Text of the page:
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Fragile states

Afghanistan, the Mediterranean and Congo

by Alexander Blum
Afghanistan, the Mediterranean and Congo In contrast to the opinion held by the public at large in Germany, members of Germany’s armed forces generally see foreign deployment in a favourable light. [ By Alexander Blum ]

In summer, Germany will probably provide a Quick Reaction Force (QRF) in northern Afghanistan, and German soldiers will replace Norwegians, who will return home. In all likelihood, German soldiers will see combat. The Federal Government is expected to comply with this request of NATO, though it is expected to resist the demand of the US and Canada to deploy soldiers long term to eastern and southern Afghanistan, where combat is frequent. Bundeswehr leadership, moreover, is in favour of expanding the German presence in northern Afghanistan by another 1,000 troops.

For six years, the Bundeswehr (Germany’s armed forces) has been taking part in NATO’s International Security Assistance Force (ISAF), which was created by Security Council resolution 1623. Currently, some 2,800 German soldiers are involved. Germany leads the Regional Command North (RC North), one of five RCs. In Germany, however, most people seem to think that the Bundeswehr is something like an emergency-relief agency with guns. Media reports about new schools or soldiers handing out candy have reinforced that image.

Nonetheless, support for Germany’s military involvement in the Hindu Kush region is dropping among the general public. According to recent surveys, 55 % of Germans think the mission should be discontinued. QRF deployment is unlikely to turn that trend around.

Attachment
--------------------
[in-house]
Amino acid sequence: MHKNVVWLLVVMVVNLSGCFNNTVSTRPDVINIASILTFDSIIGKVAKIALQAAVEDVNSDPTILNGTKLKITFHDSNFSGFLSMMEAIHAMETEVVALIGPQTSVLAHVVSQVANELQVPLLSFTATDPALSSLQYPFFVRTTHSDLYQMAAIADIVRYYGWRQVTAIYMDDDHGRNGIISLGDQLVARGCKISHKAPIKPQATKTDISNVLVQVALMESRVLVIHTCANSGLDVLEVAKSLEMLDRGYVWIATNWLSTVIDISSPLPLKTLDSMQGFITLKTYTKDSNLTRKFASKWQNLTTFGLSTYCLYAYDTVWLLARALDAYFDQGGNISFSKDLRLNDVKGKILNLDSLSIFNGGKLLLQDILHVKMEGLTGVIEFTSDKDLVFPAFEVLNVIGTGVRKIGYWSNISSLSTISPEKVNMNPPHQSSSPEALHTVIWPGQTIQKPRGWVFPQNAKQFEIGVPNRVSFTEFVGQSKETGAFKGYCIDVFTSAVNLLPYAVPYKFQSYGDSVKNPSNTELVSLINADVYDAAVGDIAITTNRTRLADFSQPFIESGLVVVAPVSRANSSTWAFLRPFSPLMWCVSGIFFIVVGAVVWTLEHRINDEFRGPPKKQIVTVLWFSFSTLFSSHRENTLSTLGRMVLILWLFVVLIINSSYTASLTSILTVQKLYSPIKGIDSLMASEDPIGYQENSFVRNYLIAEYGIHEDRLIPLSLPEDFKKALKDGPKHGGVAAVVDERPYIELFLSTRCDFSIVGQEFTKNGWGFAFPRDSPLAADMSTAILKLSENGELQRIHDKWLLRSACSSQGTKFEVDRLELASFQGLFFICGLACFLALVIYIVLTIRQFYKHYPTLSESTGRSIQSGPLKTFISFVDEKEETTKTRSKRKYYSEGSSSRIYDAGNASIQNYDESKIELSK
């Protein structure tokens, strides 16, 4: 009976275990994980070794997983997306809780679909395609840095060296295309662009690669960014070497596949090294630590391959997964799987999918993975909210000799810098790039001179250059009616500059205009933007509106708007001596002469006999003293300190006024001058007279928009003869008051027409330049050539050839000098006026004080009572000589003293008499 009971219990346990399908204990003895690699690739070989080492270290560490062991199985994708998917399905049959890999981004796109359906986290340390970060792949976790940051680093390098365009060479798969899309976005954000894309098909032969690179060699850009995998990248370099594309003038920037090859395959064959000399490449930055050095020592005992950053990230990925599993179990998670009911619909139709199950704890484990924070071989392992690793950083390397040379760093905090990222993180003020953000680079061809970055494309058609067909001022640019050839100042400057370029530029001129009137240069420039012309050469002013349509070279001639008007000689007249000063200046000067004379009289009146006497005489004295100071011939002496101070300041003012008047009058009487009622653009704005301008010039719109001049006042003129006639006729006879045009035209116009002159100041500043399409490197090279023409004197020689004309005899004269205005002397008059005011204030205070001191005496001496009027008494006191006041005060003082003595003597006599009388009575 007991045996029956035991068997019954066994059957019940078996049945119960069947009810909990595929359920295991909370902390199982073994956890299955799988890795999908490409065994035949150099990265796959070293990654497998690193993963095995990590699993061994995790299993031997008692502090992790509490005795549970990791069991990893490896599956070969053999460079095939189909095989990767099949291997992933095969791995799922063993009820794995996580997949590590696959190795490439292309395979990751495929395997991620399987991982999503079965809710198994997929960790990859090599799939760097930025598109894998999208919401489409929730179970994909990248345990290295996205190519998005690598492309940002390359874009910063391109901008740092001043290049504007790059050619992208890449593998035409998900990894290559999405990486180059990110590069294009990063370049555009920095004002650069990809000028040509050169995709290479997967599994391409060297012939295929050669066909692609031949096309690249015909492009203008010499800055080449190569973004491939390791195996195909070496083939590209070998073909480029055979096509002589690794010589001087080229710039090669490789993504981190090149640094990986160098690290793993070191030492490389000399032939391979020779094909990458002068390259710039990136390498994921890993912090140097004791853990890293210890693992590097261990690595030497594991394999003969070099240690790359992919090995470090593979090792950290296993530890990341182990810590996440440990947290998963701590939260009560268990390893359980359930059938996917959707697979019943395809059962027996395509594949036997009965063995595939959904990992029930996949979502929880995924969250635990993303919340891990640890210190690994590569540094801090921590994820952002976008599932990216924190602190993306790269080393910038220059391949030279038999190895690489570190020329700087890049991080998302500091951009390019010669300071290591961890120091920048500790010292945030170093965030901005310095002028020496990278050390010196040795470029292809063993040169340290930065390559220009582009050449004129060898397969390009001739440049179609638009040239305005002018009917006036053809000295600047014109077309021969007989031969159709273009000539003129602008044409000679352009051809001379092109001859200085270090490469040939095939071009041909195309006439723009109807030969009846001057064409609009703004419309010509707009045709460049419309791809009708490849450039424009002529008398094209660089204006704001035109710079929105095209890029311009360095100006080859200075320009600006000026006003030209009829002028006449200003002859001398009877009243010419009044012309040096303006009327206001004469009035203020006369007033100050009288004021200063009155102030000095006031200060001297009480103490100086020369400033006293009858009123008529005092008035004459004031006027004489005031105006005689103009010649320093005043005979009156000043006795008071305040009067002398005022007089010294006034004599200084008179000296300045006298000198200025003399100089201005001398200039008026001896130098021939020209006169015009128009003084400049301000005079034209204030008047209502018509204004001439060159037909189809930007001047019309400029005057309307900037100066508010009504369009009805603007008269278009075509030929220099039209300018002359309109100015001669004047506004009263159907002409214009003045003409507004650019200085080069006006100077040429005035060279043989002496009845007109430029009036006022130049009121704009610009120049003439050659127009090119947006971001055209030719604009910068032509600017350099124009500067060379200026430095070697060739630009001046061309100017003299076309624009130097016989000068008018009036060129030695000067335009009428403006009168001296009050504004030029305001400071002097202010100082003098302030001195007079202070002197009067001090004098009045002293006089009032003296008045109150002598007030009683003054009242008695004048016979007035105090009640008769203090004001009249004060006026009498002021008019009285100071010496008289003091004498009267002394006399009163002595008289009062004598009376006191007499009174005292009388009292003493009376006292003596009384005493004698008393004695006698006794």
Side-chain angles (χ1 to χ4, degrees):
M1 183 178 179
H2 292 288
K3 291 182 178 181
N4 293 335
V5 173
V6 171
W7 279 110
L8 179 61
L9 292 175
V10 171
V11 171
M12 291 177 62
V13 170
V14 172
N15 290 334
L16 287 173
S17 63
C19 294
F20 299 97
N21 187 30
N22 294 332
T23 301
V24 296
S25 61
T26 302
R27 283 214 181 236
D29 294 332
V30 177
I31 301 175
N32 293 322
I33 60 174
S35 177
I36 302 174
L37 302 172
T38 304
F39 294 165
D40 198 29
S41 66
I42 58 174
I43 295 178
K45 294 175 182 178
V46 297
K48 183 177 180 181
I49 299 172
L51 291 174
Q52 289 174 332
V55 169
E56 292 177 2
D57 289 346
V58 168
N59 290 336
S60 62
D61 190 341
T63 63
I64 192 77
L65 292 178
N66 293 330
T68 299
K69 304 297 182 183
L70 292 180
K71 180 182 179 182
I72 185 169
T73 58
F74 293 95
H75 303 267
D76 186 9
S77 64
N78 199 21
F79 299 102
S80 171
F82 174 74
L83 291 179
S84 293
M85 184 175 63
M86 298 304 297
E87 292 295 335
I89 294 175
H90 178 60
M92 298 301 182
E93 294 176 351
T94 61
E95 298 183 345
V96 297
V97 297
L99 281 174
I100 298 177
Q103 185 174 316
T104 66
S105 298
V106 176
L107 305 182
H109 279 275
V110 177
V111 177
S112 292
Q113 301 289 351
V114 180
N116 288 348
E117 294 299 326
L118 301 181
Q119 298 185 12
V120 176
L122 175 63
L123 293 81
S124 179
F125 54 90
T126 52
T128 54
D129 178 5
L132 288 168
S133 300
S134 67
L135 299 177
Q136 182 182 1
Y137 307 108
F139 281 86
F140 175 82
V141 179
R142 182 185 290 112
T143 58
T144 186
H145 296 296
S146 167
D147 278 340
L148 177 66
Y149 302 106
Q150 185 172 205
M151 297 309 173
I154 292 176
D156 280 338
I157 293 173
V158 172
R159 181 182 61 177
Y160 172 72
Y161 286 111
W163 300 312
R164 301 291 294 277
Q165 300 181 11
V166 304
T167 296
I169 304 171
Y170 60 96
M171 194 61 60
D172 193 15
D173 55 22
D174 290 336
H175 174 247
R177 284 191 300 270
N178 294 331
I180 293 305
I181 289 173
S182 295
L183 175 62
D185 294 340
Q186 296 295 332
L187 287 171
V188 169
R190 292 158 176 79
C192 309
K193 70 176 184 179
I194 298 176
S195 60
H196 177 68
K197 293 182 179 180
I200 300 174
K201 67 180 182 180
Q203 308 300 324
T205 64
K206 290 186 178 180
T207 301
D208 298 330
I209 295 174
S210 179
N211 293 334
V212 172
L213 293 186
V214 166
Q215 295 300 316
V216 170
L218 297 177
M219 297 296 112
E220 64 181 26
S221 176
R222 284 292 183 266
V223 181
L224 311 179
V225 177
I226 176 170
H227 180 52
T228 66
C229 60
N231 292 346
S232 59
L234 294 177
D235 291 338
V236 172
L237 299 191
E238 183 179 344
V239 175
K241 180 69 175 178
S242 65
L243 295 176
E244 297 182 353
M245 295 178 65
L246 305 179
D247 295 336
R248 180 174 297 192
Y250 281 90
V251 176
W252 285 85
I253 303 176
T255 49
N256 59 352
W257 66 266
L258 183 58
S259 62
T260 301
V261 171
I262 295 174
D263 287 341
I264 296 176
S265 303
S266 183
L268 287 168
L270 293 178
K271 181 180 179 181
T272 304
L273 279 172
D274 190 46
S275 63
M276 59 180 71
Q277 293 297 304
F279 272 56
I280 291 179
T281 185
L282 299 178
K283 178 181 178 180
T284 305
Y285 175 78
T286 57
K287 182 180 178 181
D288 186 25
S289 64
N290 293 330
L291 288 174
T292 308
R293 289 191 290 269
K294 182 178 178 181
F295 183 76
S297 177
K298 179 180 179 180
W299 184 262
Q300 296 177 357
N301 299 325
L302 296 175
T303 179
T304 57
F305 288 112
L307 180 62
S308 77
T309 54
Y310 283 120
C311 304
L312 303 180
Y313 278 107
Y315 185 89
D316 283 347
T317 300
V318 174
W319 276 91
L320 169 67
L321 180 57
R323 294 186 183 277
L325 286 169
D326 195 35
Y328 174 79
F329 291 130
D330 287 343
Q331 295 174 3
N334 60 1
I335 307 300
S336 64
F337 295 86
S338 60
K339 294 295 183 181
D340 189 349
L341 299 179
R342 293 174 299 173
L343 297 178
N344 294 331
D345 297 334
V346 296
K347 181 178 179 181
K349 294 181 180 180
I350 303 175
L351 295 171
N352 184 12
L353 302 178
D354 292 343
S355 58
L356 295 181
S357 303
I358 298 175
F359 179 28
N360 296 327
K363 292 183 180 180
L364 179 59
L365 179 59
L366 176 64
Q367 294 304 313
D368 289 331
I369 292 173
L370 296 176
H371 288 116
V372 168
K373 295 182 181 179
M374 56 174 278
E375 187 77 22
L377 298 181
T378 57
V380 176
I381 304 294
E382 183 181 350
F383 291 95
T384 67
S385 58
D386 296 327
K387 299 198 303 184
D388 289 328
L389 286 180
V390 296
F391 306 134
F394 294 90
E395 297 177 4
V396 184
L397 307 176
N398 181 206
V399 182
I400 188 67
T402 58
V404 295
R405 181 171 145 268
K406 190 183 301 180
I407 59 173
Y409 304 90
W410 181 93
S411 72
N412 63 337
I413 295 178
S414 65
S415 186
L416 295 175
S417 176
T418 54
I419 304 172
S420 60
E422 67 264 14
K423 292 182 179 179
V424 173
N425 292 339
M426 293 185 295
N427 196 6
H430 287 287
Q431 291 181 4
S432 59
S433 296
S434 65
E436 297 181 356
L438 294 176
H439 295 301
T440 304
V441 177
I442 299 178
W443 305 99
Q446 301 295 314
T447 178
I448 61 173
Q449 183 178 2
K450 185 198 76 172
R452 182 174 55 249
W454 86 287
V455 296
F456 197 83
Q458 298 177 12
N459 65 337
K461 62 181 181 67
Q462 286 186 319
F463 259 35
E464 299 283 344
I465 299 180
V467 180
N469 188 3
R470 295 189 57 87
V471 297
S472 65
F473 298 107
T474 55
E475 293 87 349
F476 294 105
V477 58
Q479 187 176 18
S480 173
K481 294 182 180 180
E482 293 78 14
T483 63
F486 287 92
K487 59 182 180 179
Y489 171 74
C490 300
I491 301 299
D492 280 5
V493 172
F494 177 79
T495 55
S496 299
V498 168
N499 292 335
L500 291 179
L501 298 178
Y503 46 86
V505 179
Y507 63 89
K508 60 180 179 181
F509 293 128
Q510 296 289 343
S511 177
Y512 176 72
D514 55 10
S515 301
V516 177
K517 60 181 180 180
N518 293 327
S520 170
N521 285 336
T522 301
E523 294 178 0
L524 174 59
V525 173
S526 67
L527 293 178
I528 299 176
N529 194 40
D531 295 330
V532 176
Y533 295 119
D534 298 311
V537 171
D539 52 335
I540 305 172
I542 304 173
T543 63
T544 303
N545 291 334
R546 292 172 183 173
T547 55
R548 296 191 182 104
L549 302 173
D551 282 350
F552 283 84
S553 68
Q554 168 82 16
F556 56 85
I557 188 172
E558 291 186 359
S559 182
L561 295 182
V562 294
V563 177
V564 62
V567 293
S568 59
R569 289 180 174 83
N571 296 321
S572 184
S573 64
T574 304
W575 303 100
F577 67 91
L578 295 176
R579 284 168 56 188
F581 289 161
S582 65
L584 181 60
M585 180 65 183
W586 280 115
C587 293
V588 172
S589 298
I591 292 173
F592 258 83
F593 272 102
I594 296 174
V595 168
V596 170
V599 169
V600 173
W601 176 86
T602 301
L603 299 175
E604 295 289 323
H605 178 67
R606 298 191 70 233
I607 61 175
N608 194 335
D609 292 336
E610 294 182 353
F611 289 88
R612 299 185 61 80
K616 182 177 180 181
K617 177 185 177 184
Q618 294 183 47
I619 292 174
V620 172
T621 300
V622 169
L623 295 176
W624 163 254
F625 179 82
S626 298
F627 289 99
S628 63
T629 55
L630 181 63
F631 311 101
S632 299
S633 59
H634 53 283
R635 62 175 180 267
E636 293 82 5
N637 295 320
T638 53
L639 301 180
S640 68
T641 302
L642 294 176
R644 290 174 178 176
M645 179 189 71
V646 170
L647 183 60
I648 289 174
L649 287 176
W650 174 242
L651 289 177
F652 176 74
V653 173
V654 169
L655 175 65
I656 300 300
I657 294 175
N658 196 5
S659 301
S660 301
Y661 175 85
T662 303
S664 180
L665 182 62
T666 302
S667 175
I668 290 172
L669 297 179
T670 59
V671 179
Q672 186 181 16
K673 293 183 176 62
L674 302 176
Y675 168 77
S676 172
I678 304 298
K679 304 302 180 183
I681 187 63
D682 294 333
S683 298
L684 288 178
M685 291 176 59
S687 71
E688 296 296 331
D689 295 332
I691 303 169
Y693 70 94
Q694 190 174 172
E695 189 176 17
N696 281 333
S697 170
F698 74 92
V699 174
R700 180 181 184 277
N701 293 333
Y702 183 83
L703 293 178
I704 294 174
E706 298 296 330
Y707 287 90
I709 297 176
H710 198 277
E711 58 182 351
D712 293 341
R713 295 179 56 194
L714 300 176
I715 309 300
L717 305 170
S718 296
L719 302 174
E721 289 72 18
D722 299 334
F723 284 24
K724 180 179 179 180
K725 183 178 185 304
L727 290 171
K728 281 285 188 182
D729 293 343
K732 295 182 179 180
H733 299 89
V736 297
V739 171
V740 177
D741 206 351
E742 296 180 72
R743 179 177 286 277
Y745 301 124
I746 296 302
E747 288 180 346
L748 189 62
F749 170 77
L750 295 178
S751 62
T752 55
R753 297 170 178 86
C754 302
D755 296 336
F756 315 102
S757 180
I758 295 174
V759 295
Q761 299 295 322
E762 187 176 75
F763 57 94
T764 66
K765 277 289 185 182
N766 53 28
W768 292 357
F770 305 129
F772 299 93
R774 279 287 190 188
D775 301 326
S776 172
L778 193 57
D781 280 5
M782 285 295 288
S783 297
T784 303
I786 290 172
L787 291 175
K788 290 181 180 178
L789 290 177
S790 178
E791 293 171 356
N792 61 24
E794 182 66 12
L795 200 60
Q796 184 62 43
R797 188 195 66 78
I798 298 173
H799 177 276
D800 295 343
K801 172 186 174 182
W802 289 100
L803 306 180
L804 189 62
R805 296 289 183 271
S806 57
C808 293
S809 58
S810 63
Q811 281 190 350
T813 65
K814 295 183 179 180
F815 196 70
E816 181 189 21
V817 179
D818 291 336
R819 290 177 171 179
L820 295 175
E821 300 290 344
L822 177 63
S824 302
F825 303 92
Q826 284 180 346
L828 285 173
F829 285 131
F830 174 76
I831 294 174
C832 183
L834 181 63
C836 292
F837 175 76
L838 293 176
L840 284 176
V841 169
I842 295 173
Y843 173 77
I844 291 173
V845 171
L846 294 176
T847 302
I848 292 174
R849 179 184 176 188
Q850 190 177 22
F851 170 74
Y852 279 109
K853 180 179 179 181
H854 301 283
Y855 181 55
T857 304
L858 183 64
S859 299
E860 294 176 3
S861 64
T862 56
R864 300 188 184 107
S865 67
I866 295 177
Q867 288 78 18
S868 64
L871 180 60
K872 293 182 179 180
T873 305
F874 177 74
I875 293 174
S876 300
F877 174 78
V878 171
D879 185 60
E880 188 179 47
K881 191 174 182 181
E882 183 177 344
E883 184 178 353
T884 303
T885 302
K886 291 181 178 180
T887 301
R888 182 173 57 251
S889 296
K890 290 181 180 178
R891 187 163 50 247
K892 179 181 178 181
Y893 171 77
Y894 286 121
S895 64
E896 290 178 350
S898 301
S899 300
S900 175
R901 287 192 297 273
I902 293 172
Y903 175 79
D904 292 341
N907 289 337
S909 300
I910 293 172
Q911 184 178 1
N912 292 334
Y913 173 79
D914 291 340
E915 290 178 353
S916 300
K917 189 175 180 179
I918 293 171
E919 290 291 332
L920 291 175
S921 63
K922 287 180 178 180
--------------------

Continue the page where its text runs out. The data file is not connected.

German media report that Afghanistan has two distinct regions: a peaceful north, and a war-afflicted east and south. That dichotomy oversimplifies matters. There are skirmishes in the north as well. On the other hand, Provincial Reconstruction Teams (PRTs) are also at work in the south. An infantryman described the situation: “A battle is fought on one street, the next one is being patrolled, and NATO soldiers are constructing a school on the third.” German soldiers are trained to handle all three tasks.
Their equipment is good. As one captain put it, a few things could be improved, but overall equipment is excellent compared to what soldiers from other nations have. At the same time, most soldiers hardly leave camp – and life at camp is boring. Few soldiers can assess from personal experience whether, and to what extent, the Bundeswehr are helping to stabilise the country. Nonetheless, most German soldiers believe their mission makes sense. No doubt, financial bonuses and the prospect of medals boost motivation.

Numerous polls show that Afghanistan’s people appreciate the work done by NATO forces. According to an Afghani interpreter working for the German services in Kabul, civil war would break out, should the international soldiers go home.

In contrast, NGOs are more skeptical about what the military is doing. Soldiers in Afghanistan are helping to rebuild the country along with civilian aid workers in PRTs. As the German Association of Development Non-Governmental Organisations (Venro) sees it, this cooperation is making life more dangerous for civilian agencies. “Identifying ourselves as aid workers used to protect us, but it doesn’t anymore,” complains Jürgen Lieser of Venro.

A number of aid agencies, including Caritas and German Agro Action, have therefore been calling for a change in policy for months. Lieser says they do principally oppose the ISAF mandate, but want soldiers to exclusively focus on their core task: securing the peace by military means. In return, reconstruction should be the task of civil actors. Reinhold Robbe, who represents the interests of German soldiers as a sort of ombudsman to the German parliament, disagrees: “There can be no civil reconstruction in Afghanistan without military protection of what the reconstruction teams are working on.” As he sees it, these tasks are two sides of the same coin, and the approach works well in northern Afghanistan. That message resounds well with many soldiers.